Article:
Assessing adhesion forces of type I and type IV pili of Xylella fastidiosa bacteria by use of a microfluidic flow chamber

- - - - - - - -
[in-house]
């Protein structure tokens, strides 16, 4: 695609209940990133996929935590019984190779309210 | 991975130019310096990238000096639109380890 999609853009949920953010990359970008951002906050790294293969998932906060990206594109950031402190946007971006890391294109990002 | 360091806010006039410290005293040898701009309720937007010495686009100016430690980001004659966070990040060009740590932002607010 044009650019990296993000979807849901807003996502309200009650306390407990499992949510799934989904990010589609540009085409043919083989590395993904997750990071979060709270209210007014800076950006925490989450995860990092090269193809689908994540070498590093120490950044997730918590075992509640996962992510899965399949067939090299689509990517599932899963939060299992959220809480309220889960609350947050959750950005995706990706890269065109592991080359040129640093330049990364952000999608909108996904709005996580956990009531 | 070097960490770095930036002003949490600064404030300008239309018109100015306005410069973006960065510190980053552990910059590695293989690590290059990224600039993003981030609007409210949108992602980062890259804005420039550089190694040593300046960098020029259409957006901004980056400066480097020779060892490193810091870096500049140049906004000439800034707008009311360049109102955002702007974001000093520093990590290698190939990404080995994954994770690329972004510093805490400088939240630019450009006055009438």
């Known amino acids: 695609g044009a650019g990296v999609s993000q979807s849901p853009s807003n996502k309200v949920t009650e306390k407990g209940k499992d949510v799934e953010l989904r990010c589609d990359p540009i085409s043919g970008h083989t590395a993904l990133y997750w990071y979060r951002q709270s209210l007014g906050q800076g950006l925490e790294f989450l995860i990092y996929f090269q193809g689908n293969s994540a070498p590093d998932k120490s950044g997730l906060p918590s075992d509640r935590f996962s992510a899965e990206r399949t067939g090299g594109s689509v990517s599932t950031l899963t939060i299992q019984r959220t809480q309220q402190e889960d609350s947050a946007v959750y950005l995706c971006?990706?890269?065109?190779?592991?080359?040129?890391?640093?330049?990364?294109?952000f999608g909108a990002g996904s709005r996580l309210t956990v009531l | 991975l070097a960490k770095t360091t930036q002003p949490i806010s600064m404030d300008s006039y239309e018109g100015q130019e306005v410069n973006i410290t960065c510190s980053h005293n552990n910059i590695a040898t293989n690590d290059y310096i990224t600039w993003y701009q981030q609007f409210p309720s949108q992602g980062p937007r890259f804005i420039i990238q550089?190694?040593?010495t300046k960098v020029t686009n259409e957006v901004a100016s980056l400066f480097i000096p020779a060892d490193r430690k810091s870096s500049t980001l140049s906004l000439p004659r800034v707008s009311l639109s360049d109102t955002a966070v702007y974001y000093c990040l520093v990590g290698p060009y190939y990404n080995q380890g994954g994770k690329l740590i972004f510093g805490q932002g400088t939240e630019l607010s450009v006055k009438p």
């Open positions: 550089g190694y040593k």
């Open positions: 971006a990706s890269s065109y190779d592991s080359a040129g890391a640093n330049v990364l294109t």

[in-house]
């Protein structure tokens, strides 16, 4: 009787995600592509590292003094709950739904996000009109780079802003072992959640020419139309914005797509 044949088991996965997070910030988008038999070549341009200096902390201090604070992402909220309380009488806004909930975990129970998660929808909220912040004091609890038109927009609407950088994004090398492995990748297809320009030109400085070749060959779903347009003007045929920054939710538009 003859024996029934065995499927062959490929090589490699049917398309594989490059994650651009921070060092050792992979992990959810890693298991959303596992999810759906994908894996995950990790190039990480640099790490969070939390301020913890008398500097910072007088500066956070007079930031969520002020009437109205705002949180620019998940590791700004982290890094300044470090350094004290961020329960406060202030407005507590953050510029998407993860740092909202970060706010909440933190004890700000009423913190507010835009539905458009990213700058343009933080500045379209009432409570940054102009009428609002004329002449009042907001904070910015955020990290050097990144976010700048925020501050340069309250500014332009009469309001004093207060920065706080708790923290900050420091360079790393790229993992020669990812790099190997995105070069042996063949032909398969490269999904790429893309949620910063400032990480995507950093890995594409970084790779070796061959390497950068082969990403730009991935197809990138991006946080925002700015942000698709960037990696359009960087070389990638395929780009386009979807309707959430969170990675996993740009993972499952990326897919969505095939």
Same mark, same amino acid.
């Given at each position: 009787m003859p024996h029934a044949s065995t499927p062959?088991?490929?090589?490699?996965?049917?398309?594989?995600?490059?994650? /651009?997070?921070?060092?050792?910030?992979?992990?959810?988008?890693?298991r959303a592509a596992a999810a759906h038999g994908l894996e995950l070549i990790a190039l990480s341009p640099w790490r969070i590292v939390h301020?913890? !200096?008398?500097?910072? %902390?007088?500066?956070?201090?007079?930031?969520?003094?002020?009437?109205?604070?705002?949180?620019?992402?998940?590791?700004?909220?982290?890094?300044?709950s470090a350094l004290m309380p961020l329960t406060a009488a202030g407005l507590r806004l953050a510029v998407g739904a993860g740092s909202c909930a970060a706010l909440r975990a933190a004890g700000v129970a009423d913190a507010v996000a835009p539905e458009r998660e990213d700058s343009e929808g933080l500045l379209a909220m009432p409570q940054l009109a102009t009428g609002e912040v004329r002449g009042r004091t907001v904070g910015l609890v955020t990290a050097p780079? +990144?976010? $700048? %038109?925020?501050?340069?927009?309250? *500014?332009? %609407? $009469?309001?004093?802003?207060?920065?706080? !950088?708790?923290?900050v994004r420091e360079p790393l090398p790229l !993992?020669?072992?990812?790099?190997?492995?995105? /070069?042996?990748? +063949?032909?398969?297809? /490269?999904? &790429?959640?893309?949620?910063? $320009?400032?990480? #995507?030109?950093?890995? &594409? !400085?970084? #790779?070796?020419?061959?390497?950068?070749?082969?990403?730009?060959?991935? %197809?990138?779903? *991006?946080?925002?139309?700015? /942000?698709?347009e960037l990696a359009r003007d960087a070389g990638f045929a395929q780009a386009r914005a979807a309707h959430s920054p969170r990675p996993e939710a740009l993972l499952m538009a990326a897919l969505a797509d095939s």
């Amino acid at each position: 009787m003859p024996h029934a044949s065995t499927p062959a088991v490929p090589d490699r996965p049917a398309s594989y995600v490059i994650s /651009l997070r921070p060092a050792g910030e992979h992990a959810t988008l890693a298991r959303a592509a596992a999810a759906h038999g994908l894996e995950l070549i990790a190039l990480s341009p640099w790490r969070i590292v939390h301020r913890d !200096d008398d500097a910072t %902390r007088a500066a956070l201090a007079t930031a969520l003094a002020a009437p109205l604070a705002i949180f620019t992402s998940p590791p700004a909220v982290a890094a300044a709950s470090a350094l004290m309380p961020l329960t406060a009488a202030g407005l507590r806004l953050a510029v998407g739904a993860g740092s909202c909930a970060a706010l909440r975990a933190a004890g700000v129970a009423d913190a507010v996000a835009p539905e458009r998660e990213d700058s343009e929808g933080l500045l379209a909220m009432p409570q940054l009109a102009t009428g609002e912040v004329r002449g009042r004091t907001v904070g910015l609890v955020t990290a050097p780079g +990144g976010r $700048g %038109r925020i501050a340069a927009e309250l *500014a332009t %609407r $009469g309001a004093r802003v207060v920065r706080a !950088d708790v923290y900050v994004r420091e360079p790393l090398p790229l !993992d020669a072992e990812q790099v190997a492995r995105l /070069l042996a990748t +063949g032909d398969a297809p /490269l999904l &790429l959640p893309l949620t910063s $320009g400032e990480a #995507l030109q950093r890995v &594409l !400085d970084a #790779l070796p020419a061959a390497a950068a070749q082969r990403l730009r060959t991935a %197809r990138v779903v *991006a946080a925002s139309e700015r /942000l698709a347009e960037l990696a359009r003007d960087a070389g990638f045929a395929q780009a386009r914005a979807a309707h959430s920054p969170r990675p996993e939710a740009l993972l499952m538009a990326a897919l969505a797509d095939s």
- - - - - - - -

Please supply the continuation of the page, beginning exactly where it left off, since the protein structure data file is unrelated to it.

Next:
Xylella fastidiosa, a bacterium responsible for Pierce's disease in grapevines, possesses both type I and type IV pili at the same cell pole. Type IV pili facilitate twitching motility, and type I pili are involved in biofilm development. The adhesiveness of the bacteria and the roles of the two pili types in attachment to a glass substratum were evaluated using a microfluidic flow chamber in conjunction with pilus-defective mutants. The average adhesion force necessary to detach wild-type X. fastidiosa cells was 147 +/- 11 pN. Mutant cells possessing only type I pili required a force of 204 +/- 22 pN for removal, whereas cells possessing only type IV pili required 119 +/- 8 pN to dislodge these cells. The experimental results demonstrate that microfluidic flow chambers are useful and convenient tools for assessing the drag forces necessary for detaching bacterial cells and that with specific pilus mutants, the role of the pilus type can be further assessed.